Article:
Not yet playing for the Blues: Wives’ Heads Revisited


Howard Coase and Douglas Grant wrote Bluebeard, a one-hour play, with the French folktale in mind but there is little in the first 20 minutes or so (the section that I viewed in their open rehearsal) to bring that gruesome story to mind.

Thematically, the pair assure me, there are resonances, but it seems the modern story being told could stand without a literary allusion that lingers just out of reach. Bluebeard actually focuses on Claire, a 67-year-old woman with dementia living in a care home, played by Becky Banatvala, and her two children Emily and David, played by Carla Kingham and Michael Roderick respectively. Claire finds herself reliving memories, inadvertently casting her children as characters from her past.

It’s a play that demands a lot from its small cast: both Kingham and Roderick must instantly switch between characters, only a few of which allow for easy caricature; Banatvala, meanwhile, has to convey Claire’s fractured mental state without fracturing her performance, keeping a through line of her personality even as she jumps between memory, dream sequence and the present day.  

Of the three, Kingham was the most intuitive, differentiating between her roles through subtle vocal and physical changes.  Roderick, having described David as ‘a pushover’, proceeded to give a fairly aggressive performance, tending towards volume over subtlety. His portrayal of Joe later in the extract proved far better, so it may simply have been nerves ramping up his performance from naturalistic to obvious. Still, there’s a sense that – without firm direction – he simply adopts a default that doesn’t quite fit David.  It’s even harder to get a handle on Claire, deliberately so, with Banatvala’s fumbling hand gestures and ponderous delivery not quite translating into sympathy.  However, Banatvala does well in conveying Claire’s condition – an admirable feat.  BluebeardArtWork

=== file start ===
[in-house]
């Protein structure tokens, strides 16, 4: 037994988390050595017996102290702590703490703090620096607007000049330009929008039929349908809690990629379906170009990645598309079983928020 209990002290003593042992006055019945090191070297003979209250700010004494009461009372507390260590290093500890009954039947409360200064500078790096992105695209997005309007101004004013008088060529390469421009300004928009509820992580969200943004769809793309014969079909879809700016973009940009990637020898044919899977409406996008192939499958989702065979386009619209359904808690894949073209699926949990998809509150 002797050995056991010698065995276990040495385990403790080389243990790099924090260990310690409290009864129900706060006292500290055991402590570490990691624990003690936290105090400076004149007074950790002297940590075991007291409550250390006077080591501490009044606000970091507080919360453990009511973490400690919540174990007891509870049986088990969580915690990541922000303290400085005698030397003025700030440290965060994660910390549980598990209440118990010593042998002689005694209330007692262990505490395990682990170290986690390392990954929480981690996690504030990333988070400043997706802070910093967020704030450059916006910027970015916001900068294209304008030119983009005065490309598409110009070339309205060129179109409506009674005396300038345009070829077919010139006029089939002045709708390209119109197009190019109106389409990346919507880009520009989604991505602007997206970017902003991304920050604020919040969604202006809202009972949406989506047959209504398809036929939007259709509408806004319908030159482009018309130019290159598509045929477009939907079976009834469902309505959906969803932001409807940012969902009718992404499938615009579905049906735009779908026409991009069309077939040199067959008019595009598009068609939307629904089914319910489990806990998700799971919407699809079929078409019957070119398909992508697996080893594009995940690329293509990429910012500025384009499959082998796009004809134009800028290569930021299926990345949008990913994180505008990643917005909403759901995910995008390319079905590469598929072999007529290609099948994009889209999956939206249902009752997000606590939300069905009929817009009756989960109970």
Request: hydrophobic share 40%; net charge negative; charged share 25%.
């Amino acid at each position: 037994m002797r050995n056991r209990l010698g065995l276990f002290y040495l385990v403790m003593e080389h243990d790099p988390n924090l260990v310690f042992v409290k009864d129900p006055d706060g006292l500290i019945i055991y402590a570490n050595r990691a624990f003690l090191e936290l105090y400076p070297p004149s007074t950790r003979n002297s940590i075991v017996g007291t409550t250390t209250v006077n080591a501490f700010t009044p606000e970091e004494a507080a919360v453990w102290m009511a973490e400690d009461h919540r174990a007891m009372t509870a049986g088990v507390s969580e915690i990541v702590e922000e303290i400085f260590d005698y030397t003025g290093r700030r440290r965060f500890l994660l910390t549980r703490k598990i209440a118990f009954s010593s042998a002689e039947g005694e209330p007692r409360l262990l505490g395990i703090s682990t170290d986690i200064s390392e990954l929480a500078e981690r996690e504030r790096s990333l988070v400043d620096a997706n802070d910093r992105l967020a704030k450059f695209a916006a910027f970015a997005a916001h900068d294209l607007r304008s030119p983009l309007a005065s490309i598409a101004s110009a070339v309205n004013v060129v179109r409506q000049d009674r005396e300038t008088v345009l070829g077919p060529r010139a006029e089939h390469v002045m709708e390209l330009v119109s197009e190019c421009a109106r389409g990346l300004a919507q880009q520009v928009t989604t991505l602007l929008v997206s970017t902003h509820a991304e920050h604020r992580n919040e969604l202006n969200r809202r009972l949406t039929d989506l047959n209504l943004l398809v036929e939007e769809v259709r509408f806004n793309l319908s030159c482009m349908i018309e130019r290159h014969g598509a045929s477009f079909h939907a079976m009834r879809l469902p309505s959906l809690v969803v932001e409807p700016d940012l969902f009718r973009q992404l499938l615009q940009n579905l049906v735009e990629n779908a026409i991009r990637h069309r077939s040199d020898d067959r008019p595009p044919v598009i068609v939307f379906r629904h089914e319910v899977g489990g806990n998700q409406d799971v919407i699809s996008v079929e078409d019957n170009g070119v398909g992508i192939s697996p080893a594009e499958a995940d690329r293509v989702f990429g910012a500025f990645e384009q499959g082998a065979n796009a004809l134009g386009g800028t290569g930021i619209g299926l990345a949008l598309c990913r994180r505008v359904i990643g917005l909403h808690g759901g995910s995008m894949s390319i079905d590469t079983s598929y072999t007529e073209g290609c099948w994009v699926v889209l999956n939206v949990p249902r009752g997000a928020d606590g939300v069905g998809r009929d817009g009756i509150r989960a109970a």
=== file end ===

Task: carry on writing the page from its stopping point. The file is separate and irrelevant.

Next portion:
With no one off script yet, the direction from Grant tended to focus on blocking issues and line fluffs rather than the nuances of performance. Still, improvement was visible even in the hour I was there for.

The scenes were well structured and the crucial transitions between memory and the modern day work seamlessly, a testament to the potential quality of the show. The writing also shows a good ear for dialogue, with David and Emily’s early interactions proving a highlight.  Claire’s speeches are more complicated – an early monologue from her younger self on the pains of being middle class and privileged may alienate some, though her character seems cast as the emotional core of the play.

The basics of blocking and simple character development seem to be almost locked in. What will prove crucial is if the cast can get off script in time to work on achieving detailed, naturalistic performances and thus bring out more emotions from the piece. Otherwise, for all its charms, it will remain forgettable.

Bluebard runs Tues-Sat of 3rd Week in the Burton Taylor Studio. Tickets: £6/5

PHOTO/ Celia Stevenson


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